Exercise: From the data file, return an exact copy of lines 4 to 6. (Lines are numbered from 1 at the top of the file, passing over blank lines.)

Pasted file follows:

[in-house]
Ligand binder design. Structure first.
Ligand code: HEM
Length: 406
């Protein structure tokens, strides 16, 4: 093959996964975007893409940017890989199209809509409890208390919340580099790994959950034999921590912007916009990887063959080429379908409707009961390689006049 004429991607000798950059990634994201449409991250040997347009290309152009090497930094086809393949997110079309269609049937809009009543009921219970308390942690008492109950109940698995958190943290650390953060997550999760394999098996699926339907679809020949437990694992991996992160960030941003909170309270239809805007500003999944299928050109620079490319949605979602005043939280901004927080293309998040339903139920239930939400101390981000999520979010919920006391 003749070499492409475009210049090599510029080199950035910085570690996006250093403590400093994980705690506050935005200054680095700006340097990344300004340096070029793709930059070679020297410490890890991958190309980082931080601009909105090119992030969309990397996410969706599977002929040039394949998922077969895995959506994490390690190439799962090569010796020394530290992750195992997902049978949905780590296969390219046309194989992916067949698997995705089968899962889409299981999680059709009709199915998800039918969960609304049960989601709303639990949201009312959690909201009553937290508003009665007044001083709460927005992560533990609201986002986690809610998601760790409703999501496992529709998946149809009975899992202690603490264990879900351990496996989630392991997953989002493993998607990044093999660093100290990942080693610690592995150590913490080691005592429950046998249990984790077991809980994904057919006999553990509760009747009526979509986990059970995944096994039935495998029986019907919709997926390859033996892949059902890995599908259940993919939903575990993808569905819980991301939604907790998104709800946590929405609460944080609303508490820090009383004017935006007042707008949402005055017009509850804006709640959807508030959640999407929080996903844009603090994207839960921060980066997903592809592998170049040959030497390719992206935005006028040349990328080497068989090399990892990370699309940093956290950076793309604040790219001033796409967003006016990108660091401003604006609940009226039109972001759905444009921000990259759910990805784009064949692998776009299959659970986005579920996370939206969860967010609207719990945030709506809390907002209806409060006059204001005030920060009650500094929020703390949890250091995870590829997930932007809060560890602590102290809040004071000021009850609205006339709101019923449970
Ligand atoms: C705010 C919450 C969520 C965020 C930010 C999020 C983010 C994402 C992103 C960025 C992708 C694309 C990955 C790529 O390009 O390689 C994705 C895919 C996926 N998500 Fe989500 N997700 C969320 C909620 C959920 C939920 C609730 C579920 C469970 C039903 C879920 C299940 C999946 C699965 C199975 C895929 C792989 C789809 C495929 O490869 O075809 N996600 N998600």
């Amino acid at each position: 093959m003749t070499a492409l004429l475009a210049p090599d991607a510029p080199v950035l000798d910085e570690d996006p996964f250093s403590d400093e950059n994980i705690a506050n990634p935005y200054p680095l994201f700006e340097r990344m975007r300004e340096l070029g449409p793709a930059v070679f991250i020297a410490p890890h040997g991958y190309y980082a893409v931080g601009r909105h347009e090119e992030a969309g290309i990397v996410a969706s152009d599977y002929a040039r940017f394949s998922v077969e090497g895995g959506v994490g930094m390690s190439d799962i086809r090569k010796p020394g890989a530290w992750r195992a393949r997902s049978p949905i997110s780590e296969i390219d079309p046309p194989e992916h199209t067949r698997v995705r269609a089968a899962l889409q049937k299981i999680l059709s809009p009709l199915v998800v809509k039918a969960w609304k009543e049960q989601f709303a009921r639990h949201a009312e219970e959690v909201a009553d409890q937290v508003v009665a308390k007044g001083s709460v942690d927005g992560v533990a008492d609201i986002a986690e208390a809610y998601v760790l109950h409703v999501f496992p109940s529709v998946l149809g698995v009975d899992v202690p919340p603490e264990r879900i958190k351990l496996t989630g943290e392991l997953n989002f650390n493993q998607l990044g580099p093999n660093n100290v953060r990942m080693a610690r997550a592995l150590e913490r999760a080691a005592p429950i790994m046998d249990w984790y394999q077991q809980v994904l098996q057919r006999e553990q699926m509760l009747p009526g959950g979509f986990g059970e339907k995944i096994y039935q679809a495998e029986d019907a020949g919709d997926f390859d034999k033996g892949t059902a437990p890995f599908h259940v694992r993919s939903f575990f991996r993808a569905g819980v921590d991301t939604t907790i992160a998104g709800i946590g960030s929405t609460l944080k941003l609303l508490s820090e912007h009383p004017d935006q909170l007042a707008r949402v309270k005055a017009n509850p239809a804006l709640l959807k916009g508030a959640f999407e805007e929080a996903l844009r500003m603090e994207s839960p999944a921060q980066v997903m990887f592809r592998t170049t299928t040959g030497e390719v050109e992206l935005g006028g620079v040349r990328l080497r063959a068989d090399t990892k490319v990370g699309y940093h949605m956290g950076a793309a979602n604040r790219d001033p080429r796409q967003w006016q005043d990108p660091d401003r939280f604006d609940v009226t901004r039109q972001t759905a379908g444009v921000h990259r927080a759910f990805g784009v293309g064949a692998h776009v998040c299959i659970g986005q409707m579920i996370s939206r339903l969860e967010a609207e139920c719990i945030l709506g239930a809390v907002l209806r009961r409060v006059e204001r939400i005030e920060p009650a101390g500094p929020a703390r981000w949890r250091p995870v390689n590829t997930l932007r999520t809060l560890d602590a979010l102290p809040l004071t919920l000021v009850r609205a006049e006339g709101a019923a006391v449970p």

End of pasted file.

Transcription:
Length: 406
């Protein structure tokens, strides 16, 4: 093959996964975007893409940017890989199209809509409890208390919340580099790994959950034999921590912007916009990887063959080429379908409707009961390689006049 004429991607000798950059990634994201449409991250040997347009290309152009090497930094086809393949997110079309269609049937809009009543009921219970308390942690008492109950109940698995958190943290650390953060997550999760394999098996699926339907679809020949437990694992991996992160960030941003909170309270239809805007500003999944299928050109620079490319949605979602005043939280901004927080293309998040339903139920239930939400101390981000999520979010919920006391 003749070499492409475009210049090599510029080199950035910085570690996006250093403590400093994980705690506050935005200054680095700006340097990344300004340096070029793709930059070679020297410490890890991958190309980082931080601009909105090119992030969309990397996410969706599977002929040039394949998922077969895995959506994490390690190439799962090569010796020394530290992750195992997902049978949905780590296969390219046309194989992916067949698997995705089968899962889409299981999680059709009709199915998800039918969960609304049960989601709303639990949201009312959690909201009553937290508003009665007044001083709460927005992560533990609201986002986690809610998601760790409703999501496992529709998946149809009975899992202690603490264990879900351990496996989630392991997953989002493993998607990044093999660093100290990942080693610690592995150590913490080691005592429950046998249990984790077991809980994904057919006999553990509760009747009526979509986990059970995944096994039935495998029986019907919709997926390859033996892949059902890995599908259940993919939903575990993808569905819980991301939604907790998104709800946590929405609460944080609303508490820090009383004017935006007042707008949402005055017009509850804006709640959807508030959640999407929080996903844009603090994207839960921060980066997903592809592998170049040959030497390719992206935005006028040349990328080497068989090399990892990370699309940093956290950076793309604040790219001033796409967003006016990108660091401003604006609940009226039109972001759905444009921000990259759910990805784009064949692998776009299959659970986005579920996370939206969860967010609207719990945030709506809390907002209806409060006059204001005030920060009650500094929020703390949890250091995870590829997930932007809060560890602590102290809040004071000021009850609205006339709101019923449970
Ligand atoms: C705010 C919450 C969520 C965020 C930010 C999020 C983010 C994402 C992103 C960025 C992708 C694309 C990955 C790529 O390009 O390689 C994705 C895919 C996926 N998500 Fe989500 N997700 C969320 C909620 C959920 C939920 C609730 C579920 C469970 C039903 C879920 C299940 C999946 C699965 C199975 C895929 C792989 C789809 C495929 O490869 O075809 N996600 N998600």